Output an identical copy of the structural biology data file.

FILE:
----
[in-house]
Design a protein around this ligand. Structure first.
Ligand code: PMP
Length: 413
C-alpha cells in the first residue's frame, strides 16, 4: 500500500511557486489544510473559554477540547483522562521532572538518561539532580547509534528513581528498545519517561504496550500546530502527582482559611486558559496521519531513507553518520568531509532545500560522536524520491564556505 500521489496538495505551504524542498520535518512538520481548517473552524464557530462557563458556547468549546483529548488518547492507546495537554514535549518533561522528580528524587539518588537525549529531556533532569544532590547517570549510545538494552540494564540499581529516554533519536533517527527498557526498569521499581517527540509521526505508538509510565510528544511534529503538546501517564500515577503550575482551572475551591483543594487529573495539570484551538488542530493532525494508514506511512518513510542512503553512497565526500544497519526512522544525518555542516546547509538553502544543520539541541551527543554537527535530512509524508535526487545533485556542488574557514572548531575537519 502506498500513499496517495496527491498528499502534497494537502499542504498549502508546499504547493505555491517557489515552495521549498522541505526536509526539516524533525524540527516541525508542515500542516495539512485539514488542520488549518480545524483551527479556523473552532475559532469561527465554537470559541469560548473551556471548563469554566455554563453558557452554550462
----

[in-house]
Design a protein around this ligand. Structure first.
Ligand code: PMP
Length: 413
C-alpha cells in the first residue's frame, strides 16, 4: 500500500511557486489544510473559554477540547483522562521532572538518561539532580547509534528513581528498545519517561504496550500546530502527582482559611486558559496521519531513507553518520568531509532545500560522536524520491564556505 500521489496538495505551504524542498520535518512538520481548517473552524464557530462557563458556547468549546483529548488518547492507546495537554514535549518533561522528580528524587539518588537525549529531556533532569544532590547517570549510545538494552540494564540499581529516554533519536533517527527498557526498569521499581517527540509521526505508538509510565510528544511534529503538546501517564500515577503550575482551572475551591483543594487529573495539570484551538488542530493532525494508514506511512518513510542512503553512497565526500544497519526512522544525518555542516546547509538553502544543520539541541551527543554537527535530512509524508535526487545533485556542488574557514572548531575537519 502506498500513499496517495496527491498528499502534497494537502499542504498549502508546499504547493505555491517557489515552495521549498522541505526536509526539516524533525524540527516541525508542515500542516495539512485539514488542520488549518480545524483551527479556523473552532475559532469561527465554537470559541469560548473551556471548563469554566455554563453558557452554550462